Lately I’ve been on an artistic frenzy. I’ve created several drawings and paintings that I consider successful, as well as a few failures, like the hideous blue monster I shared recently. Every morning I get up and tell my husband, “I’m going to artist today.” Yes, we’ve come to use the word as a verb. I guess if I can’t truly see myself being an artist, I can at least spend time doing things that artists do.
“Artisting” has become a very important part of my day. There’s much to learn, and consequently, much to do. I’m at a point now where I’ve developed a few basic drawing skills, so a very wide world of art awaits me.
- Pen and Ink
- Colored Pencils
- Oil Pastels
- Water Color
- Soft Pastels
And that’s only the beginning.
Becoming an artist involves not merely technical skills and abilities but a lot of knowledge, as well. I’m currently studying color theory with several useful books, such as Color Harmony in Your Paintings by Margaret Kessler.
It’s important, too, to understand the principles of good composition:
This list comes from an old issue of Watercolor Artist I recently picked up at a sale. It’s one of several art magazines I enjoy reading. Again, there’s so much to learn, so many new things to try. I want to do it all — now.
I do enjoy “artisting”, and lately I’ve been doing more of it than ever. In fact, I sometimes worry that I’ve become addicted to art. It consumes my time; it consumes my mind.
Each morning I wake up early and while my husband is getting ready for work, I hurry here to my art room to plan my day and contemplate the different things I’ll learn and do. I look over any works I have in progress, think about projects I’ll be starting soon, and I go over the list of lectures, classes, and online tutorials I’m following.
Soon, I’m gathering up my materials and setting to work, happily drawing, sketching, and painting. Before I know it, my husband’s home from work. Where has the day gone? “I’ve been busy artisting,” I tell him with a smile.
Later, I come back to my art room. I watch class videos, browse around art forums, and look for new books that might interest me. I usually spend a little more time drawing or painting in the evenings, and finally, when bedtime comes, I grab one of the books or magazines I’ve been reading and settle in to learn all I can in those last few minutes before I go to sleep.
As crazy as it sounds, I sometimes dream of drawing and painting, practicing new techniques all through the night. Occasionally, I wake up in the wee hours, and thoughts of art are dancing through my head like Degas ballerinas.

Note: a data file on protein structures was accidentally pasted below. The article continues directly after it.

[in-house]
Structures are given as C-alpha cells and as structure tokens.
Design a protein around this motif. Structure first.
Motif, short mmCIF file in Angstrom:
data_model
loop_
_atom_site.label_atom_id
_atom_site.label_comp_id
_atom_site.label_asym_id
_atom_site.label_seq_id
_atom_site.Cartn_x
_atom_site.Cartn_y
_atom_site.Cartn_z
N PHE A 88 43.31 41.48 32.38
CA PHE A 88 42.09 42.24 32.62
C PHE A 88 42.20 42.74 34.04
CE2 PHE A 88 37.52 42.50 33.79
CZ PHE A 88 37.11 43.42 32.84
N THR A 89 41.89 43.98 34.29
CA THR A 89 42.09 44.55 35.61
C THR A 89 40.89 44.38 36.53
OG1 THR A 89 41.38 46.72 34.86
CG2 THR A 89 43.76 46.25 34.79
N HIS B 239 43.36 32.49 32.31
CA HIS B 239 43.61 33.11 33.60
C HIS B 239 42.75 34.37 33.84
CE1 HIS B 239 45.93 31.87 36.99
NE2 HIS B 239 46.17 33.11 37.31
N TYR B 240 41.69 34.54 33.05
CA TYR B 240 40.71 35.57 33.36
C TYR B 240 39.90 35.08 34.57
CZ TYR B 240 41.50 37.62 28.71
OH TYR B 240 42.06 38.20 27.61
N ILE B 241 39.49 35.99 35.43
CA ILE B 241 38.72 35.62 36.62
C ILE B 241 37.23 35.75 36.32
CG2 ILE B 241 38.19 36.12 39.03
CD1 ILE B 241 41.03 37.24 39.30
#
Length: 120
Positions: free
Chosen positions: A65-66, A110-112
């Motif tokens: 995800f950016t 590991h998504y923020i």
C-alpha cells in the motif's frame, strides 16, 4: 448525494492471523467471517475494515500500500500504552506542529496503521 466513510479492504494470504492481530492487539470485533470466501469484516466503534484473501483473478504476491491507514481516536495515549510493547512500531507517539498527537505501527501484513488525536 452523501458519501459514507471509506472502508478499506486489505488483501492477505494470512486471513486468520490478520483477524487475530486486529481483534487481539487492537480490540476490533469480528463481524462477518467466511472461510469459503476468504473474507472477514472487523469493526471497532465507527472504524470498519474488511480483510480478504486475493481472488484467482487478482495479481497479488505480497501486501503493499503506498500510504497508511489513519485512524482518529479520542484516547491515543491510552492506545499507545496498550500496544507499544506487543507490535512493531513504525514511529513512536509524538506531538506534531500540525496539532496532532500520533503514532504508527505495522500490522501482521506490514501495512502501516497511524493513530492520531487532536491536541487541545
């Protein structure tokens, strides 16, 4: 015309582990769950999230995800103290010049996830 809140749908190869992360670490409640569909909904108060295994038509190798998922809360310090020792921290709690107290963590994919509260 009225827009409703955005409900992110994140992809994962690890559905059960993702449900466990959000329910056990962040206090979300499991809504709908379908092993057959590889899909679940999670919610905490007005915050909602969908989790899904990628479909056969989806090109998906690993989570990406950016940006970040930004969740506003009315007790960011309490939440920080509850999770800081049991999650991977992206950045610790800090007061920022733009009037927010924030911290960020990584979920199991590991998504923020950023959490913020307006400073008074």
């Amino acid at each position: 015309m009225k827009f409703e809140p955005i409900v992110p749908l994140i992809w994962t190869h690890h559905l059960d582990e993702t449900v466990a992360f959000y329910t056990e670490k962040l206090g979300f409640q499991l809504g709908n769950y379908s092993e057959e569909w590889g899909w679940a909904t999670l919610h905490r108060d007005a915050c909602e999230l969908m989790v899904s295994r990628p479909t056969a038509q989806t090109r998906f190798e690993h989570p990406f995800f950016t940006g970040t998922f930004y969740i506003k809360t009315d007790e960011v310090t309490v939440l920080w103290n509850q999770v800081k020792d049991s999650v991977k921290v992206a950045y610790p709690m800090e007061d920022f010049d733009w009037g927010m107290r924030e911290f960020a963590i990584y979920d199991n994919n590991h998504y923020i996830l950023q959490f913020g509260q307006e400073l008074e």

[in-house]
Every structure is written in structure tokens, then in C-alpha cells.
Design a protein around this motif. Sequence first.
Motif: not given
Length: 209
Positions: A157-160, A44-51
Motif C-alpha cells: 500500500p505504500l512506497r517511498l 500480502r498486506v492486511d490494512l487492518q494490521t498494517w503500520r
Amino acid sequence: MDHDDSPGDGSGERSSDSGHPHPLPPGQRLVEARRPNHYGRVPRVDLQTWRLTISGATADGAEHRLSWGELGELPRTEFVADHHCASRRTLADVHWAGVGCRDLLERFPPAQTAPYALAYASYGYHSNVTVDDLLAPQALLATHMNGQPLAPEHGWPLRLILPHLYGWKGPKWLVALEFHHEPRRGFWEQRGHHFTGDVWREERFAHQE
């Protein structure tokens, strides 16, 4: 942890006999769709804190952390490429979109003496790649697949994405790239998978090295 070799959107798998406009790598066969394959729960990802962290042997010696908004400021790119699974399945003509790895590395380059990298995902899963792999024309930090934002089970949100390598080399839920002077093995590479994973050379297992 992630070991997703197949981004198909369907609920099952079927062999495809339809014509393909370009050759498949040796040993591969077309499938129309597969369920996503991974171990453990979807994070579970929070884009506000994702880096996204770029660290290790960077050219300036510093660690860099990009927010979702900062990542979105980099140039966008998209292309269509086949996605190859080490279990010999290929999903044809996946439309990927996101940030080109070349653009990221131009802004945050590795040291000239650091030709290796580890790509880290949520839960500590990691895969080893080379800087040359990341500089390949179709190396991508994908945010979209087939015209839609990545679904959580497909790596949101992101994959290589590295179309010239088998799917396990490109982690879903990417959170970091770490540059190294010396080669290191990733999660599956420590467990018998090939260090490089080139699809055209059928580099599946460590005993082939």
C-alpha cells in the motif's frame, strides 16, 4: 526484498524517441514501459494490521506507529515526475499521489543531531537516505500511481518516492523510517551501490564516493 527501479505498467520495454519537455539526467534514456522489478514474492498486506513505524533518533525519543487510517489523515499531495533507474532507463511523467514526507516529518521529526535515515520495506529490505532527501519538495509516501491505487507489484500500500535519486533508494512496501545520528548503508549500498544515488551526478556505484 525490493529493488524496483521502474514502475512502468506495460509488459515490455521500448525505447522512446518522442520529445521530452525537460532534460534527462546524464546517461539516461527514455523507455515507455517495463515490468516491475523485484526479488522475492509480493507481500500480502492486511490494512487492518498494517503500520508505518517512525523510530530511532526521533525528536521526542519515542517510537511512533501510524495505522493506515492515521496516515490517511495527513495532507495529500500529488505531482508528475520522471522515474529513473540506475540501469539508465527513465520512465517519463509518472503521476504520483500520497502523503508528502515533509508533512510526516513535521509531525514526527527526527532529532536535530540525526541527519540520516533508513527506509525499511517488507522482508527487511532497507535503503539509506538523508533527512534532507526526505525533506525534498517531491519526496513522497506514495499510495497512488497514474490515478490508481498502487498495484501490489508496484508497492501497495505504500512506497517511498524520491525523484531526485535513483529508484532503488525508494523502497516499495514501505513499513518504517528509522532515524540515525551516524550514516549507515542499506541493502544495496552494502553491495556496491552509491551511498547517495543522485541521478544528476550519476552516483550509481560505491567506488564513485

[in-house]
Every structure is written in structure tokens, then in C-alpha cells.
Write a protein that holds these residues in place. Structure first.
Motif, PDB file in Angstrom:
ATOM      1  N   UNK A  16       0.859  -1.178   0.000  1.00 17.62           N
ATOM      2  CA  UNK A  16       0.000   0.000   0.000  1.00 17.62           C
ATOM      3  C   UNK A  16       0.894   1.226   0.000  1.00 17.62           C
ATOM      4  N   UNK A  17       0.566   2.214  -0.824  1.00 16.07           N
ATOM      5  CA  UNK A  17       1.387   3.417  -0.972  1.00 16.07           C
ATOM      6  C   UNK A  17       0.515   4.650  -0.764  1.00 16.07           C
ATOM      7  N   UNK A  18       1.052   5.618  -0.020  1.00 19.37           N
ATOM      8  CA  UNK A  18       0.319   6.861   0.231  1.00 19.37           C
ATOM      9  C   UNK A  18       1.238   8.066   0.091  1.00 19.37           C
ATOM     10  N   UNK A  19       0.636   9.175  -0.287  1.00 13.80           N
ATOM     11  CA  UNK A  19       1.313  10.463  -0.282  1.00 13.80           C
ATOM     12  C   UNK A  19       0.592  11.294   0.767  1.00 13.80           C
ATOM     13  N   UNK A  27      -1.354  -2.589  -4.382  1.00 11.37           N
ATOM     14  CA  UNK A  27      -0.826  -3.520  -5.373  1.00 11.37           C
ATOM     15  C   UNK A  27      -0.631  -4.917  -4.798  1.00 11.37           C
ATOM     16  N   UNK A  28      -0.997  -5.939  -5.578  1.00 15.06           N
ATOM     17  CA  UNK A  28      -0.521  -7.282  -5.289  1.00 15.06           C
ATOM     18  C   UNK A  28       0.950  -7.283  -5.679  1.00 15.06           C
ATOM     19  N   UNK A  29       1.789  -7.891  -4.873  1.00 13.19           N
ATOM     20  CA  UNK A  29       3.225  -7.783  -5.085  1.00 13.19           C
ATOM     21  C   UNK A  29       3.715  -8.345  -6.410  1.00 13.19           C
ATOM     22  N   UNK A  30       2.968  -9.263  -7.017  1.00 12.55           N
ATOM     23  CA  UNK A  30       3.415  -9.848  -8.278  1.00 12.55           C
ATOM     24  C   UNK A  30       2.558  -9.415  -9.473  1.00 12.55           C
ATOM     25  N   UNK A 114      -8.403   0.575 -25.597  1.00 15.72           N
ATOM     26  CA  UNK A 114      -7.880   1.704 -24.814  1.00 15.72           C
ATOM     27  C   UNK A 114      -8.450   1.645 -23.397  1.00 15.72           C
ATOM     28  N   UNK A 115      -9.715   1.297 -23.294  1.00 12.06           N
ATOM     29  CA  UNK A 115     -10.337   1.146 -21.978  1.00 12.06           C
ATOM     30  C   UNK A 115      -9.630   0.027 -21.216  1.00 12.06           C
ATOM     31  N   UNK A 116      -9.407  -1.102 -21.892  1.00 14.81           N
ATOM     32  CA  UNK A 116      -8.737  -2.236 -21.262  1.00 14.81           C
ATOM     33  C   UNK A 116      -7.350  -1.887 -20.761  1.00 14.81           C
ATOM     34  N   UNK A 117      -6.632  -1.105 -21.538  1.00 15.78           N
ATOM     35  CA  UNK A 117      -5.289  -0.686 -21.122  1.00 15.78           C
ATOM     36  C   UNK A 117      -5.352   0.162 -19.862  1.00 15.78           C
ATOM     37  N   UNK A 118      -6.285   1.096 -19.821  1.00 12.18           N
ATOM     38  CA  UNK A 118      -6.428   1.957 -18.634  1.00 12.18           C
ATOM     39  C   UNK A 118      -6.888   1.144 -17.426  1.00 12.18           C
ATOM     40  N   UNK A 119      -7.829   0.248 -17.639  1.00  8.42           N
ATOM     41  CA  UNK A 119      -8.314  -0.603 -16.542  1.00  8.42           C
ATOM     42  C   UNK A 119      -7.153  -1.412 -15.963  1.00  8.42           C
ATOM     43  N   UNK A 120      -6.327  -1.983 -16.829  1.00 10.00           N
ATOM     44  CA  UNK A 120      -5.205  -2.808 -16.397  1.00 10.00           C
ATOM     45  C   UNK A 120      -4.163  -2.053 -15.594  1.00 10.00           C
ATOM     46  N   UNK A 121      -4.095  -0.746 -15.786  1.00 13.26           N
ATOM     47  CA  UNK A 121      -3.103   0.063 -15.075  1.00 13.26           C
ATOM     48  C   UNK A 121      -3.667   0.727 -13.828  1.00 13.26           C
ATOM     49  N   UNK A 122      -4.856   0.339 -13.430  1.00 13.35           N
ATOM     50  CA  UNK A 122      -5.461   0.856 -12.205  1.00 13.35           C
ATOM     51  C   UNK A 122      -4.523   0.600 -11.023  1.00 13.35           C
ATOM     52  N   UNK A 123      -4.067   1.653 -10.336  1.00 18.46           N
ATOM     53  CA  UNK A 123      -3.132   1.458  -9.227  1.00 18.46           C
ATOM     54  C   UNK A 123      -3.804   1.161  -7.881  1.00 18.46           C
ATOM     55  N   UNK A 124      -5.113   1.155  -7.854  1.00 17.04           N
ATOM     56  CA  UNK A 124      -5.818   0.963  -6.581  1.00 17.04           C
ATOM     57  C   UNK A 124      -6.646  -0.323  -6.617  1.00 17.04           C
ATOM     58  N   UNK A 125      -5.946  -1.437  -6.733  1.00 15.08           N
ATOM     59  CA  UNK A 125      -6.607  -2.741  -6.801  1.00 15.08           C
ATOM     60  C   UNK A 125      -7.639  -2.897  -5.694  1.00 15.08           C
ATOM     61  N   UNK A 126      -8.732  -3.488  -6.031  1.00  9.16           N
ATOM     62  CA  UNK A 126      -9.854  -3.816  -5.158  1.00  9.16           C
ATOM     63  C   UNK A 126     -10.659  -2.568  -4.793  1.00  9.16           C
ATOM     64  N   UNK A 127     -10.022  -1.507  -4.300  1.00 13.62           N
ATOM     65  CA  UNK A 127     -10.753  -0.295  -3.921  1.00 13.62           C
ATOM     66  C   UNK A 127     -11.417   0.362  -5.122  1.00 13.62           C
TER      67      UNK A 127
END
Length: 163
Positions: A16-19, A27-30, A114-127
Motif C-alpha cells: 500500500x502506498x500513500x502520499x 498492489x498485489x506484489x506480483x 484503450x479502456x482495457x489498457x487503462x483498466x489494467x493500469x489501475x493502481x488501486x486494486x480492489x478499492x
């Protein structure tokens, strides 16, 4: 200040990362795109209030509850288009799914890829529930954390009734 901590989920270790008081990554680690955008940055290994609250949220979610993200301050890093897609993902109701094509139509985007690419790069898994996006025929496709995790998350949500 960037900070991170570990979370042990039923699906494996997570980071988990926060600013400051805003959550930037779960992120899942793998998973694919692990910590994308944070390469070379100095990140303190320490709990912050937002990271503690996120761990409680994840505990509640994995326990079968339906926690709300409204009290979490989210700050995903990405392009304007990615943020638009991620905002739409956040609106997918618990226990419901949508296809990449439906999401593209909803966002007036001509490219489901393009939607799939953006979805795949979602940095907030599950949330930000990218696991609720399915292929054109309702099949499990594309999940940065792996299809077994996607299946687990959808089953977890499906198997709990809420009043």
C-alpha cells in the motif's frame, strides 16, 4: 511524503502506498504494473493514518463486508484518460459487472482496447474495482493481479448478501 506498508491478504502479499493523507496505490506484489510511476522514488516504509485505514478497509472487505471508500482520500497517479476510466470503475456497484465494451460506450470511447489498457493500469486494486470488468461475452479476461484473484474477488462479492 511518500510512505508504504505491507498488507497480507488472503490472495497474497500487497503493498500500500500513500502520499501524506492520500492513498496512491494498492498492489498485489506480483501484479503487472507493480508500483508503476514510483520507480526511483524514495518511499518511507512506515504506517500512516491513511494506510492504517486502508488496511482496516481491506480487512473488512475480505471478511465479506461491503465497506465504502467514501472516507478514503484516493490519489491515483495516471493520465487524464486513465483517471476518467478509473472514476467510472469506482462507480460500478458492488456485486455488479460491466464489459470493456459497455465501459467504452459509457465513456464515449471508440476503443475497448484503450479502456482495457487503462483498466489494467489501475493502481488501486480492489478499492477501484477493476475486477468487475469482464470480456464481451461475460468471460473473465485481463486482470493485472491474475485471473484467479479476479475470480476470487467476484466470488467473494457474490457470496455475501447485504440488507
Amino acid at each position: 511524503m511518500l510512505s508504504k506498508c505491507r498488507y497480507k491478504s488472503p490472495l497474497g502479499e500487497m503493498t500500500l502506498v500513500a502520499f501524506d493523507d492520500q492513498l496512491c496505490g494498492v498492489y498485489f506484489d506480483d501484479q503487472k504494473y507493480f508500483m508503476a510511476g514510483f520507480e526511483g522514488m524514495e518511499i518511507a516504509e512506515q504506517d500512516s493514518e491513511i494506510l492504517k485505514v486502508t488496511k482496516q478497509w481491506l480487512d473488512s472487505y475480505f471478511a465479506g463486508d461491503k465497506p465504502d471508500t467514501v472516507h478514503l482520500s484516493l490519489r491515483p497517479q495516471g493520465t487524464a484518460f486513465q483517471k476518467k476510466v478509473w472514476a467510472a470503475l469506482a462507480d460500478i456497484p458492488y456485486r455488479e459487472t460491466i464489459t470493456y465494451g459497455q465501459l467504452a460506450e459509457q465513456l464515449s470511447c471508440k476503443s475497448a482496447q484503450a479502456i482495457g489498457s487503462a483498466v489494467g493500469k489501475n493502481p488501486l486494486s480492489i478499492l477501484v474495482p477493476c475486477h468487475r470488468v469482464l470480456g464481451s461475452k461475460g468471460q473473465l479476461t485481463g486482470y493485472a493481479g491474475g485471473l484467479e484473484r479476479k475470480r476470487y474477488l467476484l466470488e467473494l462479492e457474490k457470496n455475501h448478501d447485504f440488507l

Am I addicted? Am I obsessed?
Over the last few weeks, art has taken over my life. While learning to draw, I’ve put aside the writing I normally do, and a lot of other things have fallen to the wayside, so to speak. I love playing the piano, but I haven’t touched the keys lately. I love cooking, but more and more my husband has to settle for simple casseroles or — horrors! — fast-food.
I don’t spend much time housekeeping, there’s a huge pile of laundry waiting, and sometimes I don’t even get the dishes done. Why? Because I’m too busy “artisting”.
Fortunately, my husband hasn’t complained. He’s more comfortable in a messy house, and he enjoys easy-to-fix comfort food casseroles. If he needs clean clothes, he’ll wash them, and as far as dishes in the sink are concerned, if it were left up to him, he’d only do dishes when there were no clean ones left to use.
I should consider myself lucky, I guess.
But while my obsession with art might not bother my husband, it has started to bother me. Addictions are never healthy, and even the best things can be carried to extremes.
Earlier I was going over that list of key compositional elements again, and one in particular stuck out in my mind. Balance. That was my problem, I realized. Not with my paintings, but with my life. I was letting my love of art — and my love of learning — take precedence over many important things.
I thought back to the last few days. I’ve been discouraged. A recent watercolor attempt fell far short of my hopes. A charcoal sketch of a covered bridge turned out so badly I ripped it from my sketchbook — something I rarely do. Lately, I’ve been reading more, doing more, and feeling more disappointed and discouraged with my work than ever. As a result, I’ve redoubled my efforts, spending even more time, trying even harder, attempting even more projects. In short, I’ve sent myself into a frenzy and have completely lost sight of that most essential element for success: balance.
Indeed, balance is a component of good composition in a painting, a drawing, or a photograph. Without it, a work isn’t going to provide satisfaction to either the viewer or the artist. Balance is necessary in art. It’s necessary, too, in all aspects of our life.
As much as I enjoy “artisting”, I can’t allow it to take over my life completely. I need to step away from the easel more, reconnect with people and activities — other than art – that I enjoy. Getting out of my art room and into the world around me will not only help restore balance to my life but will also provide me with ideas and inspiration to bring back to the drawings and paintings I do in the future.
So whenever you hear about “balance” in art, think about the importance of balancing art and life. Take a little time to stop and smell those roses — as the old saying goes — and you’ll probably be better able to paint them.